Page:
Last weekend I finished reading Deon Myer, Devil’s Peak. Set in South Africa it’s the story of three main characters, an alcoholic detective, a revenge seeking assassin and an ex prostitute. (Not exactly the basis for a PG rated comedy)
The assassin is seeking revenge against child abusers by slicing them to pieces with what I assume is a very big knife (its given some fancy name I can’t remember), the alcoholic detective is trying to track him down whilst staying sober for six months so that his wife will take him back, and the ex prostitute holds the key to the whole thing and is looking for her daughter.
Mostly I really enjoyed this book. The setting was fantastic and seemed to give a real insight into South Africa, although knowing very little about the country, at times the politics took a little following. The characters were quite engaging and I felt you quickly grew to care about what was happening to them. I did get the impression that the serial killer element of the book (i.e. the revenge seeking assassin) was a bit of an afterthought, although I suppose it was used as a hook for the characters to hang off. The focus of the book was the people and their background stories rather than the crimes but I felt this was actually a really interesting and different way of doing it.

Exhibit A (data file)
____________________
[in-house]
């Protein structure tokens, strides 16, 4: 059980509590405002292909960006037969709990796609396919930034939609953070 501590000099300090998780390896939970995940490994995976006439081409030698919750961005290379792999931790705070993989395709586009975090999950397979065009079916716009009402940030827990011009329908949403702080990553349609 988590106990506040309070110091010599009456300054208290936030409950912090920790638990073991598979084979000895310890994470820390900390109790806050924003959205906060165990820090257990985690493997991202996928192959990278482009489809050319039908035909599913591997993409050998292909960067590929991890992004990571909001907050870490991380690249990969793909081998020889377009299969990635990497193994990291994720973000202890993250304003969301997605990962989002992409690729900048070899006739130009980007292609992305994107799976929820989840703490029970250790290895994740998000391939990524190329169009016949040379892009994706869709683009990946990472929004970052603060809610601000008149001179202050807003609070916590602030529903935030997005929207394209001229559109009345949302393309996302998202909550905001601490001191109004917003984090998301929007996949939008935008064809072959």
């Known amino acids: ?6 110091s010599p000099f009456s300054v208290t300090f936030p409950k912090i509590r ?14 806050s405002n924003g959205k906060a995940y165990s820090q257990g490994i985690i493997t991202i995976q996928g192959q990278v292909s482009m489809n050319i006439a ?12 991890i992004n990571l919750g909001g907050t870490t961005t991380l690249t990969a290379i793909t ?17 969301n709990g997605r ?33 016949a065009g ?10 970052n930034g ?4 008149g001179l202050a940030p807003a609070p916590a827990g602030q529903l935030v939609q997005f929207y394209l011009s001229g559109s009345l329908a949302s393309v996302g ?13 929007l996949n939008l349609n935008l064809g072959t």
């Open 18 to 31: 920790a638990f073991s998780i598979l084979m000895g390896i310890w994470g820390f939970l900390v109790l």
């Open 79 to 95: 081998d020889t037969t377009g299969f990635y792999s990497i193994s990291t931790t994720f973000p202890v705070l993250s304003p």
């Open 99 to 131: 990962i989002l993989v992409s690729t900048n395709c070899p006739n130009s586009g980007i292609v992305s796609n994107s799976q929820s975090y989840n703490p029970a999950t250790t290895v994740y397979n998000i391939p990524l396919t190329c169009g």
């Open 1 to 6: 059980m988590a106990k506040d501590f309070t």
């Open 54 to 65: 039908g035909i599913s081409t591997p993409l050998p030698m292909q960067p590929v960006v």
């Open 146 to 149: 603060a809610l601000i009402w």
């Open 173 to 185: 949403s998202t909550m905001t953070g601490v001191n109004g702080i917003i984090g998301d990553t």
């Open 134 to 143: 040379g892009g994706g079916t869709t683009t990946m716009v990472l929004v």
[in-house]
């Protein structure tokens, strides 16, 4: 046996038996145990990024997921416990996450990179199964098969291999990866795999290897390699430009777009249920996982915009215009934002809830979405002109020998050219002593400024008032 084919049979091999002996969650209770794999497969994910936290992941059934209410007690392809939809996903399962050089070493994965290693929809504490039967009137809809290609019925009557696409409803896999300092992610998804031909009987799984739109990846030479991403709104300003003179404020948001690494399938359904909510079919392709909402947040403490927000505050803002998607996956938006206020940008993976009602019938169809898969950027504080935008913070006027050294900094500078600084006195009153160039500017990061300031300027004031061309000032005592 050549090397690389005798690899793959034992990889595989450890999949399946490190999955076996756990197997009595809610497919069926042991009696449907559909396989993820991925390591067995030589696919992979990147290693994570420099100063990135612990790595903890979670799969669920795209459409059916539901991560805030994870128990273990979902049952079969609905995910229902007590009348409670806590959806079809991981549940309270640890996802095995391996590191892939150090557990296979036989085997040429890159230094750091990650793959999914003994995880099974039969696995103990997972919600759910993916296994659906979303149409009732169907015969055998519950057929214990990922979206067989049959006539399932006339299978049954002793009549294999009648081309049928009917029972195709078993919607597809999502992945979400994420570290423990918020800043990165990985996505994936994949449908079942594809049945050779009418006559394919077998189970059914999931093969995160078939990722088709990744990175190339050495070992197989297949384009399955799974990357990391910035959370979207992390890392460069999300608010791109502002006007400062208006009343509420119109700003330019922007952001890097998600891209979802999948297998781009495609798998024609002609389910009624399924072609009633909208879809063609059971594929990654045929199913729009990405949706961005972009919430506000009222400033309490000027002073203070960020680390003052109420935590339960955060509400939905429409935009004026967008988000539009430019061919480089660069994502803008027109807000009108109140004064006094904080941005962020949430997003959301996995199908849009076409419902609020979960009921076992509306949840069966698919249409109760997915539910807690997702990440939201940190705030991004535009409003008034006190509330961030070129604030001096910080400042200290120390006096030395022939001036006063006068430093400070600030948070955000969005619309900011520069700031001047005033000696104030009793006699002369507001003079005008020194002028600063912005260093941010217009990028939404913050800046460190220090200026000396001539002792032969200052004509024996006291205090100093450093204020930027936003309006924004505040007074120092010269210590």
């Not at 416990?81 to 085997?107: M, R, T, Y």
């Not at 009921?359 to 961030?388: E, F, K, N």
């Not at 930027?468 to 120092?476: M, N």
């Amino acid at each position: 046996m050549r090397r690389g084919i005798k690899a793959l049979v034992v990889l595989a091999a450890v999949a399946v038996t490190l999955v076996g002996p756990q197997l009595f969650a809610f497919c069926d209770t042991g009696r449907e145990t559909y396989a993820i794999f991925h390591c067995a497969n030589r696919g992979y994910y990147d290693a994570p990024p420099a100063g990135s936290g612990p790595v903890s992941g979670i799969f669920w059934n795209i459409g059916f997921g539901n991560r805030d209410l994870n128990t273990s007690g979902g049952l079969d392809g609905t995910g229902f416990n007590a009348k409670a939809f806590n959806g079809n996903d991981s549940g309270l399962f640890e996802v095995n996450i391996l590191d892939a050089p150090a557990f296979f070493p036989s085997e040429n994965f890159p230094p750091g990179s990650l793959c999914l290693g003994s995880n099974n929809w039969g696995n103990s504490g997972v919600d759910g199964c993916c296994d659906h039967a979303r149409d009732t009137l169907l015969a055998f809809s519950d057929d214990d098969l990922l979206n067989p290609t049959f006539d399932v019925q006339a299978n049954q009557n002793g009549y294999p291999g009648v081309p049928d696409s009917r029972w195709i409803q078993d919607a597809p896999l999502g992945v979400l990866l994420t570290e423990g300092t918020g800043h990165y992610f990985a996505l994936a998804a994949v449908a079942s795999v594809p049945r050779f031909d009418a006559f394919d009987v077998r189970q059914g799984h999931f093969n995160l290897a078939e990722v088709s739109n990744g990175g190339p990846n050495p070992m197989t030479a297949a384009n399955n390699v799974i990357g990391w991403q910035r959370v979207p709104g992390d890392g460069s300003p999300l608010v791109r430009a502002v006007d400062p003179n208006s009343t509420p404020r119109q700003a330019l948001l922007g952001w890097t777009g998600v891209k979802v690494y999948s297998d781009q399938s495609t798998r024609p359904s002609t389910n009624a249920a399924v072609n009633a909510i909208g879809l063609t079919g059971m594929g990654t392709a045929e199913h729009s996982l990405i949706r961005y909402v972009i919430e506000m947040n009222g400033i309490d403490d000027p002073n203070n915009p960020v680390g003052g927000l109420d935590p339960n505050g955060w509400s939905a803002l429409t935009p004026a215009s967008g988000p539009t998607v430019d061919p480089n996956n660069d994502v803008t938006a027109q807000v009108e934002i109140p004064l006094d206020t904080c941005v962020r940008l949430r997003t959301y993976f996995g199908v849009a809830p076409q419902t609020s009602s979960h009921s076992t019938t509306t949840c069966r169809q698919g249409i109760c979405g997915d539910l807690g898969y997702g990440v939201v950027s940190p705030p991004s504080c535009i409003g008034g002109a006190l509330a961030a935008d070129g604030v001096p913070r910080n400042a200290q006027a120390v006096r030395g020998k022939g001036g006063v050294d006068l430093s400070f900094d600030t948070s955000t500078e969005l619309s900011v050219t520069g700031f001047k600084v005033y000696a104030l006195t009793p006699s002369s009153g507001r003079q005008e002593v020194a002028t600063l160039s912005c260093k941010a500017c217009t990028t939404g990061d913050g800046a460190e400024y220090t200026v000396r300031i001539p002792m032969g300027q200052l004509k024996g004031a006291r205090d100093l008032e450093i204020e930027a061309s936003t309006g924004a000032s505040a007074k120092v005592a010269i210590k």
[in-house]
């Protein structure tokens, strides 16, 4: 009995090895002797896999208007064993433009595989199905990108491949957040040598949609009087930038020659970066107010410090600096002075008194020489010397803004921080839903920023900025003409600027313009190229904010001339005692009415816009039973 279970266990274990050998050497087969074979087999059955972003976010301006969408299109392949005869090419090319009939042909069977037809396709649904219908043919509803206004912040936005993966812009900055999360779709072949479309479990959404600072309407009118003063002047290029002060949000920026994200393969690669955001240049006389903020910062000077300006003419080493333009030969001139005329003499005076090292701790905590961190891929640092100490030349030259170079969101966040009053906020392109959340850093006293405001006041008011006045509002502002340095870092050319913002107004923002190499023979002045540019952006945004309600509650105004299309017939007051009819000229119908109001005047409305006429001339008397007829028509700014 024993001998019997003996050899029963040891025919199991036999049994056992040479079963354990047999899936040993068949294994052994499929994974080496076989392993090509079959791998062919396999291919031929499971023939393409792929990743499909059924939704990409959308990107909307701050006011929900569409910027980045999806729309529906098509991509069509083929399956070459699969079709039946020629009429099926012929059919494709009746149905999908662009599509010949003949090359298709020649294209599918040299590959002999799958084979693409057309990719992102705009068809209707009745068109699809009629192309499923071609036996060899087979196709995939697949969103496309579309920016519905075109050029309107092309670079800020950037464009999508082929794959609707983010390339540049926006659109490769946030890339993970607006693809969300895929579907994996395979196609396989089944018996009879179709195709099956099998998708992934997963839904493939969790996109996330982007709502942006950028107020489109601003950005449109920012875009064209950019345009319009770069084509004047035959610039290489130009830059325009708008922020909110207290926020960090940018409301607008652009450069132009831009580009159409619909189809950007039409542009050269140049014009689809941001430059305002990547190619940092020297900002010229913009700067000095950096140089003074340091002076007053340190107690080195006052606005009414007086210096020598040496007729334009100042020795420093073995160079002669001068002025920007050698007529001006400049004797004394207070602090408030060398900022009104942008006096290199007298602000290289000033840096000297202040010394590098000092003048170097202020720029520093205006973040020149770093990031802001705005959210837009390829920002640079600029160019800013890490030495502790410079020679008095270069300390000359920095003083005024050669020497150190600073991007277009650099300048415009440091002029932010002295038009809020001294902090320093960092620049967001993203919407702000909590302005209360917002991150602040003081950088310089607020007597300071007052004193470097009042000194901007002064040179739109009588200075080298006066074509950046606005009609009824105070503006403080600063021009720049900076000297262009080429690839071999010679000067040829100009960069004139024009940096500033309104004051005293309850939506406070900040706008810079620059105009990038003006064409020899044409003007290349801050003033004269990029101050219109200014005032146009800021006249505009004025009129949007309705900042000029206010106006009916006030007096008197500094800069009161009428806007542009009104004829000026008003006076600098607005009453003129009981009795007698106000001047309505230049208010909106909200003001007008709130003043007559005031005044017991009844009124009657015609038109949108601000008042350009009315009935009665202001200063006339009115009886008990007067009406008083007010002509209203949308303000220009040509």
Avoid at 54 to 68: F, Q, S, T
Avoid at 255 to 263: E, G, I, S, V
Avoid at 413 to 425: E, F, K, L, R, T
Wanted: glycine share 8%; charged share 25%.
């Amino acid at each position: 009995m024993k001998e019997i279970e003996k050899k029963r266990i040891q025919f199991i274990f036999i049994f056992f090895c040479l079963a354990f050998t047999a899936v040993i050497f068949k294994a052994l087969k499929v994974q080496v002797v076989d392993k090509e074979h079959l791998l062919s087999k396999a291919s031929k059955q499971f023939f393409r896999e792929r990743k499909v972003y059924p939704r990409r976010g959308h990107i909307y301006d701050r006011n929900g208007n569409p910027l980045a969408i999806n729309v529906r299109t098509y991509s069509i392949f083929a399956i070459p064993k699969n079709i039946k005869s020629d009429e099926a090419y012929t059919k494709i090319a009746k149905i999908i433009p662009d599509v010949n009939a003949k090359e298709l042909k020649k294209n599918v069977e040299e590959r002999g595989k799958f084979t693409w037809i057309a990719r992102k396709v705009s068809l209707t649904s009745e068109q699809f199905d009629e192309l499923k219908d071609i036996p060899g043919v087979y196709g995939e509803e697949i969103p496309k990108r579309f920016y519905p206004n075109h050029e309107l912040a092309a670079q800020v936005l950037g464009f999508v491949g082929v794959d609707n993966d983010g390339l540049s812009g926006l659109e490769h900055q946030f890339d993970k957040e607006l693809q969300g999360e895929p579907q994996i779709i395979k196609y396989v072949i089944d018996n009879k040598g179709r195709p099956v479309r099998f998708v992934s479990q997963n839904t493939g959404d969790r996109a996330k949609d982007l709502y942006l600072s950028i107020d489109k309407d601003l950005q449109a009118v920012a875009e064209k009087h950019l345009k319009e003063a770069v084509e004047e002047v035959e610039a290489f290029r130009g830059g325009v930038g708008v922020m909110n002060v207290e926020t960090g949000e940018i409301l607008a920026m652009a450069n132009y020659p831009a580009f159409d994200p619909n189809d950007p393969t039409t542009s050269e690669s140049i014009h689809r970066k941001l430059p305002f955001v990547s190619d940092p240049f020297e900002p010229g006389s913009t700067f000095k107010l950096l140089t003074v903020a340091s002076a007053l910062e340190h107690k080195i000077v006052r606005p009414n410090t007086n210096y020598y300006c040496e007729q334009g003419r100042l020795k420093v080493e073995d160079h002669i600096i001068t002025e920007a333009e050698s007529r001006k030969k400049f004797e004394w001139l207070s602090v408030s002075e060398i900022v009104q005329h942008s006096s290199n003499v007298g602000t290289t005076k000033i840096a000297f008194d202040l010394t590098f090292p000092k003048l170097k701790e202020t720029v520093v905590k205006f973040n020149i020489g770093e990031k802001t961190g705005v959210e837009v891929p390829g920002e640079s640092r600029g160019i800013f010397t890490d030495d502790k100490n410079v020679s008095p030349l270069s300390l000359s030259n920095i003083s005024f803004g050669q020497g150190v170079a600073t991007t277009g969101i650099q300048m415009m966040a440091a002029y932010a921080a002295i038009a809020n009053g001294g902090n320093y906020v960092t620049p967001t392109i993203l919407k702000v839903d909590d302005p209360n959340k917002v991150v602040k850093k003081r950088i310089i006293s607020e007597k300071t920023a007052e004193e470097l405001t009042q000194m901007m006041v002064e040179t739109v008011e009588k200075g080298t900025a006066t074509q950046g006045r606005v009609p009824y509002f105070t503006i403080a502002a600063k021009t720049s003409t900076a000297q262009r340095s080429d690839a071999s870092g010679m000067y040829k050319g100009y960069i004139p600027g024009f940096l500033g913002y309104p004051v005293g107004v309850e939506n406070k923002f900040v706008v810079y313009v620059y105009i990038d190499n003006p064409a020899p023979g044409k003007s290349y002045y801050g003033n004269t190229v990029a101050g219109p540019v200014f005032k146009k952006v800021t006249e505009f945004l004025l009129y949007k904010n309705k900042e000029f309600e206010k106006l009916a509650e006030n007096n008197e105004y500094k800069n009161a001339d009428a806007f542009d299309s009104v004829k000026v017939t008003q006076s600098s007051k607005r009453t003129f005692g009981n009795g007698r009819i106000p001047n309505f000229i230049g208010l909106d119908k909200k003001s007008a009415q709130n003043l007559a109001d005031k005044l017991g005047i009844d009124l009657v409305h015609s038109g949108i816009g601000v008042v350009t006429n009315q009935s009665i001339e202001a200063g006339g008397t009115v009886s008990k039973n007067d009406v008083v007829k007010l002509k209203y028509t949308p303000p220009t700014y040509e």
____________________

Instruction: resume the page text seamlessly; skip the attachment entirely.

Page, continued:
The structure was quite unusual in that it mixed between the three characters stories as the ex prostitute tells her story to a priest, and gradually the two male characters intertwine. I think the writing is very clever (it’s been translated into English from Afrikaans) and although it took a bit of getting into, once I got into the flow it was enjoyable.
The ending is a bit of an anti-climax and as much as I enjoyed it at the time, looking back I’m not really sure how much actually happened. This could also be that since finishing this book I’ve started reading a Jo Nesbo and thats really excellent, so maybe this review is a bit coloured by that.
I would be interested in reading Deon Myer’s other books as this was the first one of his I’d picked up and like I say it was good in parts and he will definitely be on the list of people we go and see at Harrogate.